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Yahoo! Denies Providing User Details to Iran

During the election protests in Iran, the country severed access to many websites and heavily filtered others. Among those affected were Google and Yahoo! and today a report on ZDNet claims that Yahoo! made a deal with Iranian internet and telecommunications authorities. The deal allegedly involved the handing over of more than 200,000 names in exchange for lifting the block on Yahoo!.

Citing a post on the Iranian Students Solidarity (Farsi) blog, ZDNet's Richard Koman says his sources indicate the information comes from a group of resisters who have infiltrated the administration and are leaking out important information.

The post goes on to say that Yahoo! sent a representative to Iran’s telecommunications ministry, to resolve the issue of limited or blocked access to the site. During the meeting, Iranian Internet authorities and telecommunications authorities supposedly asked the Yahoo! rep to hand over the details of all Iranian account holders, in exchange for removing the block/filter on Yahoo!. When the rep said compiling such a list would take practically forever, the IRGC (Islamic Republic Guardian Council) narrowed it down by asking Yahoo! to provide the details of those who have Yahoo! accounts and are publishing blogs.

The list of 200,000 email addresses provided by Yahoo! apparently goes back five years and is comprised of both active and inactive blogs/accounts.

Check out the full story here.

[UPDATE] ZDNet Editor in Chief Larry Dignan has labeled the report 'unreliable' because there is a lack of second or third sources.

Previous updates to the post include a statement from Yahoo! categorically denying that any such meeting took place (check it out below) and details from Richard Koman regarding his sources and where they got their information from. Koman says his source obtained the information from the Iranian Student Solidarity Organization, a group of 30,000 students who oppose the Iranian government and claims one of their contacts actually attended the meeting where the Yahoo official from Malaysia and IRI staff took place.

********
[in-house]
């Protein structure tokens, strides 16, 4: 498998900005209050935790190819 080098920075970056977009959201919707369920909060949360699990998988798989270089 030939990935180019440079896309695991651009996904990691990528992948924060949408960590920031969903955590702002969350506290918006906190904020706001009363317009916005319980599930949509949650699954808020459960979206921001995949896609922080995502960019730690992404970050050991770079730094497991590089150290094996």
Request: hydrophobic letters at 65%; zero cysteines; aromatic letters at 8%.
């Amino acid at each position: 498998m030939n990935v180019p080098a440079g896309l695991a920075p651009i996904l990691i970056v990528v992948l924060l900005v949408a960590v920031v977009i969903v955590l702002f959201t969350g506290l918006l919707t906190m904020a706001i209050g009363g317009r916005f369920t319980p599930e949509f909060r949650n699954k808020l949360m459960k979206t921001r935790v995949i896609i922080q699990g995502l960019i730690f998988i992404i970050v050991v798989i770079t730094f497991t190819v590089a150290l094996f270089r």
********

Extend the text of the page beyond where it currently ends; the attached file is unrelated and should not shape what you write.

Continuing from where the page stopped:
Statement from Yahoo!:

“The allegations in the story are false. Neither Yahoo! nor any Yahoo! representative has met with or communicated with any Iranian officials, and Yahoo! has not disclosed user data to the Iranian government. Yahoo! was founded on the principle that access to information and communications tools can improve people’s lives, and Yahoo! is committed to protecting and promoting freedom of expression and privacy. To learn more about our human rights efforts, please visit: http://humanrights.yahoo.com.”

  • Jerky_san
    Wow.. talk about violation of privacy there..
    Reply
  • valcron
    Man all business integrity is out the window now days isn't it? I mean come on i know your in it to make money...but integrity is worth a LOT more than money. After this article I would pay to use a search engine than touch yahoo.
    Reply
  • the_krasno